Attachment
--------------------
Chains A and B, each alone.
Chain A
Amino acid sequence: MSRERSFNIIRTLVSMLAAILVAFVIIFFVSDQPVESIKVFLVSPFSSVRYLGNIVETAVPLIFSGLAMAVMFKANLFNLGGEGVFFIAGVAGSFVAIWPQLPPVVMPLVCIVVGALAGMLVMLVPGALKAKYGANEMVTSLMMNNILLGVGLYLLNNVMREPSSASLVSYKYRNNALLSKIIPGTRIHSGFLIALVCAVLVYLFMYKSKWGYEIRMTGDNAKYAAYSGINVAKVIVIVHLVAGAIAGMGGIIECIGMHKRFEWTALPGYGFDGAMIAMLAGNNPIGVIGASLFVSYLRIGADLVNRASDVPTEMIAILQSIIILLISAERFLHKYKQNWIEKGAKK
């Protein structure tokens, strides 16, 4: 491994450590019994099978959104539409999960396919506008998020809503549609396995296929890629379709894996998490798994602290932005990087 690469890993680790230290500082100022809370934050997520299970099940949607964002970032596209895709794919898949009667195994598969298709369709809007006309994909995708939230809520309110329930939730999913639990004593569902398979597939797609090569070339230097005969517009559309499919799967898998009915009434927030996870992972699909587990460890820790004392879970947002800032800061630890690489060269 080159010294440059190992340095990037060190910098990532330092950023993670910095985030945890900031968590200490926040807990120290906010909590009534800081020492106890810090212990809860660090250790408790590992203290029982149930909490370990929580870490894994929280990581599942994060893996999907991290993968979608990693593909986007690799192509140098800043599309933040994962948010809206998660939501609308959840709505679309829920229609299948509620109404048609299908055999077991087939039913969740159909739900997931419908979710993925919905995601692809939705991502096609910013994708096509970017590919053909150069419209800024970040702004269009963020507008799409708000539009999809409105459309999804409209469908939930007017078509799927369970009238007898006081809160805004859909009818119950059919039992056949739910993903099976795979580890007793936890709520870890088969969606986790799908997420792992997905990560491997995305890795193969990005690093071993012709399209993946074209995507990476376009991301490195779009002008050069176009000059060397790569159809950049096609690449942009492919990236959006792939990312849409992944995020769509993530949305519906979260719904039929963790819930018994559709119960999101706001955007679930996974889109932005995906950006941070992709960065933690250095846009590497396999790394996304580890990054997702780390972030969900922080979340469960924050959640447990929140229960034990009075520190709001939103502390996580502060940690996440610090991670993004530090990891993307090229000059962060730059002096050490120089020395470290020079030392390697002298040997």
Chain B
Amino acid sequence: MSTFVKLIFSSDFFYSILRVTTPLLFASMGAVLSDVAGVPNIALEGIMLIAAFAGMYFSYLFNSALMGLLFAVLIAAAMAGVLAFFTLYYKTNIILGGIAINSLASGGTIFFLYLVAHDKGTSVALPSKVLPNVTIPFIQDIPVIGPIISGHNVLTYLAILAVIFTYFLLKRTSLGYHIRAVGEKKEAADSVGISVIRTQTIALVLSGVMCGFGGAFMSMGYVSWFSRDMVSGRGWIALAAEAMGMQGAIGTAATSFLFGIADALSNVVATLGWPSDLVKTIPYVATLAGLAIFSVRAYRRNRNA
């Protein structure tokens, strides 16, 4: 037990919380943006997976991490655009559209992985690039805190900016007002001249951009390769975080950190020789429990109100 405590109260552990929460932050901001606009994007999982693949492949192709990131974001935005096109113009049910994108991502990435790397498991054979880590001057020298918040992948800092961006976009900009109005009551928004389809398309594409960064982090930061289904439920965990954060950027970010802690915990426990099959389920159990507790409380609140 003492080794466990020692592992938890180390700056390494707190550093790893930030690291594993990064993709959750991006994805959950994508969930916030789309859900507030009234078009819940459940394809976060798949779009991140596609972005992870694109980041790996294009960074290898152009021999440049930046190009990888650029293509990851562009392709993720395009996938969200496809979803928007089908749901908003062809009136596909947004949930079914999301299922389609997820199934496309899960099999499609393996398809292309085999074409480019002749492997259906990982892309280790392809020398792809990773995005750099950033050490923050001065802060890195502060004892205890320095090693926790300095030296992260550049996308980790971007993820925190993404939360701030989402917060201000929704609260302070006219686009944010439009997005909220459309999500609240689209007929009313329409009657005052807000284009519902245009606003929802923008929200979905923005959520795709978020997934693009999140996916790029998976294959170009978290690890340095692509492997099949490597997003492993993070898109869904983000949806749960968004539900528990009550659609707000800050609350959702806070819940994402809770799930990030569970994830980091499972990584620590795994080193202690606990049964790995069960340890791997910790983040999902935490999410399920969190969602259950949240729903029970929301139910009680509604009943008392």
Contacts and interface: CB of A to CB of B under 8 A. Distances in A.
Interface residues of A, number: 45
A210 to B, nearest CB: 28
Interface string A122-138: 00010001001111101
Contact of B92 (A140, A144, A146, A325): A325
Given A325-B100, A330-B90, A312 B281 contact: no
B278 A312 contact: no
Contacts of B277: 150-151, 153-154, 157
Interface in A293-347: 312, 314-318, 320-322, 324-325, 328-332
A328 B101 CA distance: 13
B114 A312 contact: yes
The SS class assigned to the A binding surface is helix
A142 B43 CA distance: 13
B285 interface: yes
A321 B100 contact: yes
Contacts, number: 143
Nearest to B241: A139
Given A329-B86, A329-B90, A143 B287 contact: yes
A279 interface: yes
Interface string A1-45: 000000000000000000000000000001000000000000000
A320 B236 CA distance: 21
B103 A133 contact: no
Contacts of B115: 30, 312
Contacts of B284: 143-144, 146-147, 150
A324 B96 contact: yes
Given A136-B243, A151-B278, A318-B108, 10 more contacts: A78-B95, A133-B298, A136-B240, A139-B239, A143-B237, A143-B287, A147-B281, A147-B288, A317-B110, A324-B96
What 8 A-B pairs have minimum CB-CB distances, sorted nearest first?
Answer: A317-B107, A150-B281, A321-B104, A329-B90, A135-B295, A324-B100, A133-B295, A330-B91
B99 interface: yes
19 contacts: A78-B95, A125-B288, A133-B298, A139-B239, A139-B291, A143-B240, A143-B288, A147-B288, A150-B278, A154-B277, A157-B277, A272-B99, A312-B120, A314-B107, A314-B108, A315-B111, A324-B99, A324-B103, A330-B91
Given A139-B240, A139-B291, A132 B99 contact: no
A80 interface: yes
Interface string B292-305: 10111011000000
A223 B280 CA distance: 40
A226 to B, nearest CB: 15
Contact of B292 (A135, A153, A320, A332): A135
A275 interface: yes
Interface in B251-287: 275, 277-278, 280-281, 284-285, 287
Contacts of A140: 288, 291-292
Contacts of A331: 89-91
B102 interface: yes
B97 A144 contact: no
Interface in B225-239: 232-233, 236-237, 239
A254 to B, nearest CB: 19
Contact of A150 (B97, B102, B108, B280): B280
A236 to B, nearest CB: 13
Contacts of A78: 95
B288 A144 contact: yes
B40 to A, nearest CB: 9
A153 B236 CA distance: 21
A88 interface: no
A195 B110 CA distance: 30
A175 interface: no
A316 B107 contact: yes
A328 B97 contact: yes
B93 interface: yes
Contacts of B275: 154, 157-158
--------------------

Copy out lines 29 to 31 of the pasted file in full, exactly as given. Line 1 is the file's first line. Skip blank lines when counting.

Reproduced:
B103 A133 contact: no
Contacts of B115: 30, 312
Contacts of B284: 143-144, 146-147, 150